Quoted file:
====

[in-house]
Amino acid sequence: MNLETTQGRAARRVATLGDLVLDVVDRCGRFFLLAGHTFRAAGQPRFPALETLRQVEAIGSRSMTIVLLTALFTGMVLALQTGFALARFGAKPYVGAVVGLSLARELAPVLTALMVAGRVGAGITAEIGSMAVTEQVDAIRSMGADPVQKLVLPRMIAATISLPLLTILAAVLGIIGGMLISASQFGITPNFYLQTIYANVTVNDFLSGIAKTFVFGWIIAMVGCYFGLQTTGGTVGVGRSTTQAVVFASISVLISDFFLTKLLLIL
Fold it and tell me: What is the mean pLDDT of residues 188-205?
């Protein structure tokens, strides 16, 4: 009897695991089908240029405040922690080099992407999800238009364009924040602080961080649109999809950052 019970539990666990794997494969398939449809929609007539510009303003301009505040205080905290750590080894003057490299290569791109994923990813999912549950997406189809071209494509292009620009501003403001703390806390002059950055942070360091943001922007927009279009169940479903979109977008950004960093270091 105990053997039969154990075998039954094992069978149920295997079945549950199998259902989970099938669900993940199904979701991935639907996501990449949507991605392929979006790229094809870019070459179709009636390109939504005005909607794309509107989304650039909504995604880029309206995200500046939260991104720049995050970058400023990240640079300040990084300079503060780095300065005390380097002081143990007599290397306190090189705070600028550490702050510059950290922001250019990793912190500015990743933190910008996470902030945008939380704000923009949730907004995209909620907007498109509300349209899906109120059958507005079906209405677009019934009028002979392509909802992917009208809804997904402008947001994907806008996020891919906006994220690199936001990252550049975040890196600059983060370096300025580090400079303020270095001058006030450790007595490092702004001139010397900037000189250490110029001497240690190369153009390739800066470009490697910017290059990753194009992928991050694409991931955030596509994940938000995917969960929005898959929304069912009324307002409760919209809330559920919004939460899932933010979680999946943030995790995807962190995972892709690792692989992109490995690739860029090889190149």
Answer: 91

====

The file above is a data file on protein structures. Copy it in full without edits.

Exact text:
[in-house]
Amino acid sequence: MNLETTQGRAARRVATLGDLVLDVVDRCGRFFLLAGHTFRAAGQPRFPALETLRQVEAIGSRSMTIVLLTALFTGMVLALQTGFALARFGAKPYVGAVVGLSLARELAPVLTALMVAGRVGAGITAEIGSMAVTEQVDAIRSMGADPVQKLVLPRMIAATISLPLLTILAAVLGIIGGMLISASQFGITPNFYLQTIYANVTVNDFLSGIAKTFVFGWIIAMVGCYFGLQTTGGTVGVGRSTTQAVVFASISVLISDFFLTKLLLIL
Fold it and tell me: What is the mean pLDDT of residues 188-205?
């Protein structure tokens, strides 16, 4: 009897695991089908240029405040922690080099992407999800238009364009924040602080961080649109999809950052 019970539990666990794997494969398939449809929609007539510009303003301009505040205080905290750590080894003057490299290569791109994923990813999912549950997406189809071209494509292009620009501003403001703390806390002059950055942070360091943001922007927009279009169940479903979109977008950004960093270091 105990053997039969154990075998039954094992069978149920295997079945549950199998259902989970099938669900993940199904979701991935639907996501990449949507991605392929979006790229094809870019070459179709009636390109939504005005909607794309509107989304650039909504995604880029309206995200500046939260991104720049995050970058400023990240640079300040990084300079503060780095300065005390380097002081143990007599290397306190090189705070600028550490702050510059950290922001250019990793912190500015990743933190910008996470902030945008939380704000923009949730907004995209909620907007498109509300349209899906109120059958507005079906209405677009019934009028002979392509909802992917009208809804997904402008947001994907806008996020891919906006994220690199936001990252550049975040890196600059983060370096300025580090400079303020270095001058006030450790007595490092702004001139010397900037000189250490110029001497240690190369153009390739800066470009490697910017290059990753194009992928991050694409991931955030596509994940938000995917969960929005898959929304069912009324307002409760919209809330559920919004939460899932933010979680999946943030995790995807962190995972892709690792692989992109490995690739860029090889190149």
Answer: 91